What is cured meat?
Cured products such as bacon are typically (more on this later) made by adding nitrates or nitrites to a brine mixture. (A nitrite is basically a nitrate minus an oxygen atom.) A standard cure uses sodium nitrite. An alternative is to use something like celery powder. Celery powder is naturally high in sodium nitrate.
Nitrates and nitrites
Besides celery, some other vegetables such as spinach contain relatively large amounts of nitrates. A large percentage of the nitrates you consume probably comes from vegetable sources, not cured meats. The human body converts some ingested nitrates into nitrites. Regardless of the source, your digestive system normally handles these with no problem.
If, however, something goes awry in your digestive system, sometimes nitrites in meat can instead convert to nitrosamines, which you may have heard may be a risk factor for cancer. It's up to you how much weight you give in the real world to laboratory findings that something is a statistically significant risk factor. Entire books have been written about what "statistically significant" really means. Nitrates in fresh vegetables don't normally turn into nitrosamines because most of these vegetables don't contain amines, since amines are normally associated with proteins. No amines, no nitros-amines.
It's not clear what are all the factors that can contribute to nitrosamine production. Could the quality of the meat (CAFO vs. pasture-raised) be a factor? Could what the animal ate be a factor? Could the addition of chemical preservatives or artificial colorings be a factor?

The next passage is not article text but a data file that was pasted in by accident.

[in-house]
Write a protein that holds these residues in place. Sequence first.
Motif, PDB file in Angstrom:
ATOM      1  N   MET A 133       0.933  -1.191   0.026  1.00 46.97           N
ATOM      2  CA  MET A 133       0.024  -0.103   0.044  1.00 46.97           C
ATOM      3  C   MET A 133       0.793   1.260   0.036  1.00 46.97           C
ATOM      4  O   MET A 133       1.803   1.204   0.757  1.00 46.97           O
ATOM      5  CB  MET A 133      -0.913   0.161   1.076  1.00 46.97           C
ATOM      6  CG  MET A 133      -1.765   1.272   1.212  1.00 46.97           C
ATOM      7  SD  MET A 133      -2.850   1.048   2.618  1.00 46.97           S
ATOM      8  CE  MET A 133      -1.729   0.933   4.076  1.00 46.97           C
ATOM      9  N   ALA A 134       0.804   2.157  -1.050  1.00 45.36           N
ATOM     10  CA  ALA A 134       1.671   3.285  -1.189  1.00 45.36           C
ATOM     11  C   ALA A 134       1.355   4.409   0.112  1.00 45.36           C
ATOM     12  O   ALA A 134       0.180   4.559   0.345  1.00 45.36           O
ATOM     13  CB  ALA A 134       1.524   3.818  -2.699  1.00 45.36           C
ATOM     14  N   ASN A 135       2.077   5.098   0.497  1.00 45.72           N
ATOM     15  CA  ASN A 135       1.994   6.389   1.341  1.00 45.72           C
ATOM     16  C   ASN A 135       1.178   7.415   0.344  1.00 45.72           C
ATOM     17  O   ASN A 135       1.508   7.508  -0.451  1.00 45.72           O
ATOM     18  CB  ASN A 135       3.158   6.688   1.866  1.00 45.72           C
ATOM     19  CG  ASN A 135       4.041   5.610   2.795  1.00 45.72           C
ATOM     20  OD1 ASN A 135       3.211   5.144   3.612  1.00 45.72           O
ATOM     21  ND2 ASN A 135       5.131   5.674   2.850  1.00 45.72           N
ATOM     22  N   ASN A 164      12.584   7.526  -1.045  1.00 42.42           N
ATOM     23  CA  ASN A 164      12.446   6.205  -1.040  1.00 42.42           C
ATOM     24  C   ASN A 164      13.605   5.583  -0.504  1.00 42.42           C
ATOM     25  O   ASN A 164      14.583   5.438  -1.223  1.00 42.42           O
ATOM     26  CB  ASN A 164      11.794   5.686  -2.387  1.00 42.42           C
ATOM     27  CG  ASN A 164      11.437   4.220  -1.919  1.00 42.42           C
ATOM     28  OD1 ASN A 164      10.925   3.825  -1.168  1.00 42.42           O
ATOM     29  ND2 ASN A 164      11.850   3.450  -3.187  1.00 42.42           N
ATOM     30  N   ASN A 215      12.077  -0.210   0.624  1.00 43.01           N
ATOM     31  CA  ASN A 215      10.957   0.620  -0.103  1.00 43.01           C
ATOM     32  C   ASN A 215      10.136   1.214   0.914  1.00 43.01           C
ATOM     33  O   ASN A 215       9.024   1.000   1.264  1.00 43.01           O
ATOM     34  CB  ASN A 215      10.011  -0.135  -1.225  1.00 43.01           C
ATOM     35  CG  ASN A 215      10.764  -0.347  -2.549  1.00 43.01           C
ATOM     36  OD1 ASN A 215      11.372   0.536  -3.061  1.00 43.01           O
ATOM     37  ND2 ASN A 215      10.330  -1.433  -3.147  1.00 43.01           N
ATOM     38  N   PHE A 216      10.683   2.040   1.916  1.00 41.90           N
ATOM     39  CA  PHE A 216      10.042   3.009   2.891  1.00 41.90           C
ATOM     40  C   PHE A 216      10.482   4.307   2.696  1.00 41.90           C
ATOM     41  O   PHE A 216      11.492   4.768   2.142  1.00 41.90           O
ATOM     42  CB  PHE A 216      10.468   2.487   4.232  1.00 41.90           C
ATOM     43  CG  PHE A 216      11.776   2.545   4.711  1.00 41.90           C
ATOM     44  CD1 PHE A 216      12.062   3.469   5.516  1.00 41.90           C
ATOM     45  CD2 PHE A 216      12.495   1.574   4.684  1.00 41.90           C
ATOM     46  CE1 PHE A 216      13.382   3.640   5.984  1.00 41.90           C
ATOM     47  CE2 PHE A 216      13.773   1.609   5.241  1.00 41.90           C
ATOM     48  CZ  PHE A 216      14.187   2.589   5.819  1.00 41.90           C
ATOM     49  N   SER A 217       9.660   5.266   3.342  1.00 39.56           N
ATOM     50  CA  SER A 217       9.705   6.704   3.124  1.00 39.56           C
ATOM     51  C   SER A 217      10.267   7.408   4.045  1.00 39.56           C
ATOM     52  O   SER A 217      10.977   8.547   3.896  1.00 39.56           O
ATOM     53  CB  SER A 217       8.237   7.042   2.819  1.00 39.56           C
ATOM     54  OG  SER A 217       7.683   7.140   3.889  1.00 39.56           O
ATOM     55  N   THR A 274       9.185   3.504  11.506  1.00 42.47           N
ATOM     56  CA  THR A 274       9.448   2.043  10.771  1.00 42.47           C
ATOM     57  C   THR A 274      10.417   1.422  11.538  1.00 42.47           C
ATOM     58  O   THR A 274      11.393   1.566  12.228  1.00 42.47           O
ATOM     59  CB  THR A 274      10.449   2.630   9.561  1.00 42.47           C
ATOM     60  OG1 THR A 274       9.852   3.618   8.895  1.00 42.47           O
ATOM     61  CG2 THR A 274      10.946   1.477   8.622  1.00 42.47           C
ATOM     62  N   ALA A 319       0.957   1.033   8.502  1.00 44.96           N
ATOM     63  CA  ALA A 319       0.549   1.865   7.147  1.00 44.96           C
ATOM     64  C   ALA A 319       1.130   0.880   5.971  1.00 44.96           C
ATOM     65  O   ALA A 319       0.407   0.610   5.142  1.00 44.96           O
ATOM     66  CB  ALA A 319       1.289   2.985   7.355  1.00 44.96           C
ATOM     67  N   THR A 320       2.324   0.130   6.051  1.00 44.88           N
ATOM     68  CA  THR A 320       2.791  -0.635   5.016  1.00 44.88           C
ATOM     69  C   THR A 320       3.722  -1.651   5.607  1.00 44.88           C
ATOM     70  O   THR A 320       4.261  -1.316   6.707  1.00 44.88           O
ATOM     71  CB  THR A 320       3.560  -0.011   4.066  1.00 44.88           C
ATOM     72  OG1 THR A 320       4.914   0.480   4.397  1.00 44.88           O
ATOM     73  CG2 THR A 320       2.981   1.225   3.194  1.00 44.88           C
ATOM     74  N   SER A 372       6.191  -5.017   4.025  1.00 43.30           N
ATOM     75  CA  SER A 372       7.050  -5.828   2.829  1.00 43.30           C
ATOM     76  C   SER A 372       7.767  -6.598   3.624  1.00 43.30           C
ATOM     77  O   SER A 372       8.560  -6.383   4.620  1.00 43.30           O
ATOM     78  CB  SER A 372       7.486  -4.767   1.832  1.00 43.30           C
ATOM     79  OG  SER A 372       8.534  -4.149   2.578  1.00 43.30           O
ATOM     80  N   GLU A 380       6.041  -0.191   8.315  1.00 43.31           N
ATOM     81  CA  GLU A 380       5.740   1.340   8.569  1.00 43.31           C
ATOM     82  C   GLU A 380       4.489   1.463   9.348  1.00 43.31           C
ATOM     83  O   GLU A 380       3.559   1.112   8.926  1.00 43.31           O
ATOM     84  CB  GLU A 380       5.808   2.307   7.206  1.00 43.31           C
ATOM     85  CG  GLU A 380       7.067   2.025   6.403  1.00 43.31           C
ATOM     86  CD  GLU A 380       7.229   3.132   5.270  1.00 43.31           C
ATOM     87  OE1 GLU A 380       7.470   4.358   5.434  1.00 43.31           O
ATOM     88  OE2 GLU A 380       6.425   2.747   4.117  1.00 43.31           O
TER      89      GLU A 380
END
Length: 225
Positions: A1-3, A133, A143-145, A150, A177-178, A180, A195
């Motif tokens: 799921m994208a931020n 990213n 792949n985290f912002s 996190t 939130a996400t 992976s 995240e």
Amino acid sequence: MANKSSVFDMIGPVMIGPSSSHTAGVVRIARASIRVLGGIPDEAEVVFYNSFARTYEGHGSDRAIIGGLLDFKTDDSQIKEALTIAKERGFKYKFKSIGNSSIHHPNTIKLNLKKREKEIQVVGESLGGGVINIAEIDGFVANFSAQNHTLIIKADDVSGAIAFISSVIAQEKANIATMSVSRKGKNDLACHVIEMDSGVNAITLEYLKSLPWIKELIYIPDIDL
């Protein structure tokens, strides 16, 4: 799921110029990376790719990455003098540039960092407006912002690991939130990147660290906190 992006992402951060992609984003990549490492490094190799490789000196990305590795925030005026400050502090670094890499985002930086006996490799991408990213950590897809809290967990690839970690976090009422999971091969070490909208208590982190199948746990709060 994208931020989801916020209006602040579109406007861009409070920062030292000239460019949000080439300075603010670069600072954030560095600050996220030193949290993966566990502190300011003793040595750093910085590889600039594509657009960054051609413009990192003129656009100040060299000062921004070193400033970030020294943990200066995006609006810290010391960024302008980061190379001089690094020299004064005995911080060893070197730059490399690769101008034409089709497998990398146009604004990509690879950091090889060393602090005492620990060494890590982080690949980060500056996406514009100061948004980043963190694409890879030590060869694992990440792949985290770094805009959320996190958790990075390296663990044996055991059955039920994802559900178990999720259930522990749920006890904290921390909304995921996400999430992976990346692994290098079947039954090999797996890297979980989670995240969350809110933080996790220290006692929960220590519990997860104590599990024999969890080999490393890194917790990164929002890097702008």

There is no such thing as "uncured bacon"
Simply put, there is no such thing as "uncured" bacon. Bacon is by definition cured. And most "nitrate-free" bacon is not nitrate free at all: products labeled as such simply contain nitrate from celery powder (and will have a small note that this is the case, under the gigantic "Nitrate Free" label). Since this nitrate is consumed with the meat and not as a fresh stalk of celery, it gets digested along with the same amine groups present with a standard cure. So...if there is a health risk, is this reducing it at all? In fact, it might be easier to measure how much nitrates and nitrites are added to a standard cure than it is to determine exactly how much is naturally present in any given batch of celery powder used for curing.
You can make your own nitrate-free* cured meat
(* Well, "no nitrates added" would be more accurate. Since nitrates occur naturally, you'd have to somehow remove them all to be "nitrate free".)
Cured meat products are typically made with added nitrates or nitrites, but obviously cured meats have been around a lot longer than synthetic sodium nitrite or celery powder. The benefit of including nitrates and nitrites in the cure is that doing so significantly reduces the risk of botulism. However, you can find plenty of recipes for how to take pork belly and salt-cure it at home using a homemade brine. It's like home canning: there are risks, so it's important to know what you are doing. But it's certainly possible and plenty of people do it all the time.
We take no sides in the health debate. It's possible one or other type of cure is healthier. We don't know. We simply encourage you to educate yourself and make whatever decision you think is best for you. We hope this explanation helps with that! We do think that cured meats are nutritious and delicious, and therefore worth eating and appreciating in moderation.